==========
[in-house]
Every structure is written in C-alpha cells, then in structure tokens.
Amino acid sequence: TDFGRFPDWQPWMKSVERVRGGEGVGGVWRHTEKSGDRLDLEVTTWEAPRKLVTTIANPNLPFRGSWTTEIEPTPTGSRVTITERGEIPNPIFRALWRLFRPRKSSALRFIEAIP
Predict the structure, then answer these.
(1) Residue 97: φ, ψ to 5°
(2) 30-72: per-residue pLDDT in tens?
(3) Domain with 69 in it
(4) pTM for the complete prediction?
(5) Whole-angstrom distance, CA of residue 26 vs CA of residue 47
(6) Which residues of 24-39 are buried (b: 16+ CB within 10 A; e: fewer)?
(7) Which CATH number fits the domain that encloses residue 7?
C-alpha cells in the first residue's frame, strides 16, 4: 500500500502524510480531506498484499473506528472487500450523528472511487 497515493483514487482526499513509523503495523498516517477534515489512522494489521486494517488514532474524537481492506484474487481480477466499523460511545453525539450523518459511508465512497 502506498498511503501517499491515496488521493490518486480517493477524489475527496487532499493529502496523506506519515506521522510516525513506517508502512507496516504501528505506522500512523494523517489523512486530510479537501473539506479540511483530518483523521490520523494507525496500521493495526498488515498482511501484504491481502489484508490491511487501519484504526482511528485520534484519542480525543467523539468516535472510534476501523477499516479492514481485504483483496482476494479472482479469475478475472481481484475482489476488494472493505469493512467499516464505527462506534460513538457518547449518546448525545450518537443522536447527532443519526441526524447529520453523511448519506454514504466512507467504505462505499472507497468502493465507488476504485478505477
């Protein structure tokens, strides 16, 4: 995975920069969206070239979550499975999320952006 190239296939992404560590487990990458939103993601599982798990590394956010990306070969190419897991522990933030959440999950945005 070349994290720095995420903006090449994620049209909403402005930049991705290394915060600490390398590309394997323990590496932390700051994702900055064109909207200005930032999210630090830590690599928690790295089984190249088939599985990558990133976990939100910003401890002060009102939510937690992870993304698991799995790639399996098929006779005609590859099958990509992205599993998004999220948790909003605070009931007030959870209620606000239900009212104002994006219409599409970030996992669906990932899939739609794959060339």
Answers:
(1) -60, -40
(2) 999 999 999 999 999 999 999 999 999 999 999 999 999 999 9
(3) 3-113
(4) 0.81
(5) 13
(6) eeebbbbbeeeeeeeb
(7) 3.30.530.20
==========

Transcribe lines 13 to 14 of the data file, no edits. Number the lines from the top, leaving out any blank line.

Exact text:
């Protein structure tokens, strides 16, 4: 995975920069969206070239979550499975999320952006 190239296939992404560590487990990458939103993601599982798990590394956010990306070969190419897991522990933030959440999950945005 070349994290720095995420903006090449994620049209909403402005930049991705290394915060600490390398590309394997323990590496932390700051994702900055064109909207200005930032999210630090830590690599928690790295089984190249088939599985990558990133976990939100910003401890002060009102939510937690992870993304698991799995790639399996098929006779005609590859099958990509992205599993998004999220948790909003605070009931007030959870209620606000239900009212104002994006219409599409970030996992669906990932899939739609794959060339």
Answers: